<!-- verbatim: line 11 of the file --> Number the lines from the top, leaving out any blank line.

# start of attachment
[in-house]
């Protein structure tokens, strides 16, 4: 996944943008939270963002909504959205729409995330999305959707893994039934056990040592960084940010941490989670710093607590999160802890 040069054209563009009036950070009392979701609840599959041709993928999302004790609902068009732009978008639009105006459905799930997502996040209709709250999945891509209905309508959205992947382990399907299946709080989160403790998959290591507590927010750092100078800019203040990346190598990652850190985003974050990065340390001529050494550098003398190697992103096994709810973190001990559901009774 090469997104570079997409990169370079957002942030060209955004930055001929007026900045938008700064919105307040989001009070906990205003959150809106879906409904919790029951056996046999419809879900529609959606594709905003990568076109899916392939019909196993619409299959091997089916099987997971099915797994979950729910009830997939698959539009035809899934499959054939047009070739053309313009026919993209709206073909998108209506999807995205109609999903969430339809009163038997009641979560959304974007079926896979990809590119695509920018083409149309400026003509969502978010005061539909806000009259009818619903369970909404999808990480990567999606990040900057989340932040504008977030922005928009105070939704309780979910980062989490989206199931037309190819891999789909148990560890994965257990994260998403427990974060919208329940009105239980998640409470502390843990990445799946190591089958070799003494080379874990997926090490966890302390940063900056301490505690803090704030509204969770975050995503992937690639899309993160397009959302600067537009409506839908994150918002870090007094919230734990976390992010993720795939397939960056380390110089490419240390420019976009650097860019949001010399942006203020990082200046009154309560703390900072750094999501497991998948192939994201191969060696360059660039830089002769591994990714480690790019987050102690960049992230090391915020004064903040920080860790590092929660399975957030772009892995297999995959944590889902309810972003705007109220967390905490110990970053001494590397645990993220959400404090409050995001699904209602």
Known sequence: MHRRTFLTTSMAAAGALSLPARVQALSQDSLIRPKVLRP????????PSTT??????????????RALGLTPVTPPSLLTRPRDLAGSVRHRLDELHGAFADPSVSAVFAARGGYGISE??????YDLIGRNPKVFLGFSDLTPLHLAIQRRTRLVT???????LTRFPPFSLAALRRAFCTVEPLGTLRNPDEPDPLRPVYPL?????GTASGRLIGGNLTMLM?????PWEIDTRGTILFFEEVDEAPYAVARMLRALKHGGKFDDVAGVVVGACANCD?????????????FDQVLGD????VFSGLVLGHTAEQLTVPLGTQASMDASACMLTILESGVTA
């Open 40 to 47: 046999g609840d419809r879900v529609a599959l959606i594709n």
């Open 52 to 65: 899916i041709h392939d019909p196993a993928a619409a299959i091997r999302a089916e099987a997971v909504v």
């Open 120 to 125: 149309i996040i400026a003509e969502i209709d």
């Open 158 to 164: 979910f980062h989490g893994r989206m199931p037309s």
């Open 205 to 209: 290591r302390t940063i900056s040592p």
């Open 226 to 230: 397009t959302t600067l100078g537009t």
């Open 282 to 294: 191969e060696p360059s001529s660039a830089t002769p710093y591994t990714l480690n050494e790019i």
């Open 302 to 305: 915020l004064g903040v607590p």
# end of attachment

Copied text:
């Open 302 to 305: 915020l004064g903040v607590p």